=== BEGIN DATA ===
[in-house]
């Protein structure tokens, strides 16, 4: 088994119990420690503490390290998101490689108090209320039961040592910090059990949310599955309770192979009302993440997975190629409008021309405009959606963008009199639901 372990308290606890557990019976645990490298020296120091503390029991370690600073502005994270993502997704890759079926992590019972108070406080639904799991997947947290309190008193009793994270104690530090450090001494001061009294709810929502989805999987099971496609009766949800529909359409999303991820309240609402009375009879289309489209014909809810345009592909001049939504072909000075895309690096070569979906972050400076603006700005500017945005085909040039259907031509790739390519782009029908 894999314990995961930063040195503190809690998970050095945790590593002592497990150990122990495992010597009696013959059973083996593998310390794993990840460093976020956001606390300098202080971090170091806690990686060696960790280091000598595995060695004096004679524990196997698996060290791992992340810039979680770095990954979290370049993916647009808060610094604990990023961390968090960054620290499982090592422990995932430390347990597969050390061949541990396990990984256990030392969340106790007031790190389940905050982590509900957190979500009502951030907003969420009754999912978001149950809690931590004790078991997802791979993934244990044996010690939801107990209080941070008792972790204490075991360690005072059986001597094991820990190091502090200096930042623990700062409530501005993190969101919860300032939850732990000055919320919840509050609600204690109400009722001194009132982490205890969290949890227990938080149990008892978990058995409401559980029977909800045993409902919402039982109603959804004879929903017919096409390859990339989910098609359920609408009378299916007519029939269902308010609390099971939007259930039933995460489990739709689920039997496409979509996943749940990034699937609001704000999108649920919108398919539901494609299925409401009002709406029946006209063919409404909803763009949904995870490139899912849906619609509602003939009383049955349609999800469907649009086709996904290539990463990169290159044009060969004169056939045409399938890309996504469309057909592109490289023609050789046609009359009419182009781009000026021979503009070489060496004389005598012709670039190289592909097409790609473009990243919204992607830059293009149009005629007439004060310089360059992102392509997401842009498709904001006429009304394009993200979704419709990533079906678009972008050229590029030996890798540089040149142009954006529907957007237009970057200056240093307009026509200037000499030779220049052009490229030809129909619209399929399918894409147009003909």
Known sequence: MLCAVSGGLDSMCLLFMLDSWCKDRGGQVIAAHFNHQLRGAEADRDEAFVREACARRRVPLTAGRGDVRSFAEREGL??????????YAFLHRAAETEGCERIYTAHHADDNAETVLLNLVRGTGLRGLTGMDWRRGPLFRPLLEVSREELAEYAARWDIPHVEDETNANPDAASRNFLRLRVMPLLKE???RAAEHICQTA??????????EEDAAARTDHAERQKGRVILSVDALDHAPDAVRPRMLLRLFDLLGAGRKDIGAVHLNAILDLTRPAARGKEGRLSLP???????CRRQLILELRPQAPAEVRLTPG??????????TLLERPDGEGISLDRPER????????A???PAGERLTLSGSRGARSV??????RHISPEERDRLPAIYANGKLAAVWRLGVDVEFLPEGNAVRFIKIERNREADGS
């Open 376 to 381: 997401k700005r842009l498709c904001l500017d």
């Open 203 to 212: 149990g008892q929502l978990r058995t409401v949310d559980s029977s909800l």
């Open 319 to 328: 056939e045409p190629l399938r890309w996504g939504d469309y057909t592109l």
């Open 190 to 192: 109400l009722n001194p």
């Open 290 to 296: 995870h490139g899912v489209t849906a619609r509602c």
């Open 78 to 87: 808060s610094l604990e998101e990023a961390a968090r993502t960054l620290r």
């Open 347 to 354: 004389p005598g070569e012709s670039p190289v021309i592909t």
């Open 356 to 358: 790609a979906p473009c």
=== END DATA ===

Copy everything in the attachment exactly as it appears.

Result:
[in-house]
């Protein structure tokens, strides 16, 4: 088994119990420690503490390290998101490689108090209320039961040592910090059990949310599955309770192979009302993440997975190629409008021309405009959606963008009199639901 372990308290606890557990019976645990490298020296120091503390029991370690600073502005994270993502997704890759079926992590019972108070406080639904799991997947947290309190008193009793994270104690530090450090001494001061009294709810929502989805999987099971496609009766949800529909359409999303991820309240609402009375009879289309489209014909809810345009592909001049939504072909000075895309690096070569979906972050400076603006700005500017945005085909040039259907031509790739390519782009029908 894999314990995961930063040195503190809690998970050095945790590593002592497990150990122990495992010597009696013959059973083996593998310390794993990840460093976020956001606390300098202080971090170091806690990686060696960790280091000598595995060695004096004679524990196997698996060290791992992340810039979680770095990954979290370049993916647009808060610094604990990023961390968090960054620290499982090592422990995932430390347990597969050390061949541990396990990984256990030392969340106790007031790190389940905050982590509900957190979500009502951030907003969420009754999912978001149950809690931590004790078991997802791979993934244990044996010690939801107990209080941070008792972790204490075991360690005072059986001597094991820990190091502090200096930042623990700062409530501005993190969101919860300032939850732990000055919320919840509050609600204690109400009722001194009132982490205890969290949890227990938080149990008892978990058995409401559980029977909800045993409902919402039982109603959804004879929903017919096409390859990339989910098609359920609408009378299916007519029939269902308010609390099971939007259930039933995460489990739709689920039997496409979509996943749940990034699937609001704000999108649920919108398919539901494609299925409401009002709406029946006209063919409404909803763009949904995870490139899912849906619609509602003939009383049955349609999800469907649009086709996904290539990463990169290159044009060969004169056939045409399938890309996504469309057909592109490289023609050789046609009359009419182009781009000026021979503009070489060496004389005598012709670039190289592909097409790609473009990243919204992607830059293009149009005629007439004060310089360059992102392509997401842009498709904001006429009304394009993200979704419709990533079906678009972008050229590029030996890798540089040149142009954006529907957007237009970057200056240093307009026509200037000499030779220049052009490229030809129909619209399929399918894409147009003909």
Known sequence: MLCAVSGGLDSMCLLFMLDSWCKDRGGQVIAAHFNHQLRGAEADRDEAFVREACARRRVPLTAGRGDVRSFAEREGL??????????YAFLHRAAETEGCERIYTAHHADDNAETVLLNLVRGTGLRGLTGMDWRRGPLFRPLLEVSREELAEYAARWDIPHVEDETNANPDAASRNFLRLRVMPLLKE???RAAEHICQTA??????????EEDAAARTDHAERQKGRVILSVDALDHAPDAVRPRMLLRLFDLLGAGRKDIGAVHLNAILDLTRPAARGKEGRLSLP???????CRRQLILELRPQAPAEVRLTPG??????????TLLERPDGEGISLDRPER????????A???PAGERLTLSGSRGARSV??????RHISPEERDRLPAIYANGKLAAVWRLGVDVEFLPEGNAVRFIKIERNREADGS
């Open 376 to 381: 997401k700005r842009l498709c904001l500017d």
């Open 203 to 212: 149990g008892q929502l978990r058995t409401v949310d559980s029977s909800l």
């Open 319 to 328: 056939e045409p190629l399938r890309w996504g939504d469309y057909t592109l």
């Open 190 to 192: 109400l009722n001194p």
């Open 290 to 296: 995870h490139g899912v489209t849906a619609r509602c």
């Open 78 to 87: 808060s610094l604990e998101e990023a961390a968090r993502t960054l620290r």
């Open 347 to 354: 004389p005598g070569e012709s670039p190289v021309i592909t």
């Open 356 to 358: 790609a979906p473009c």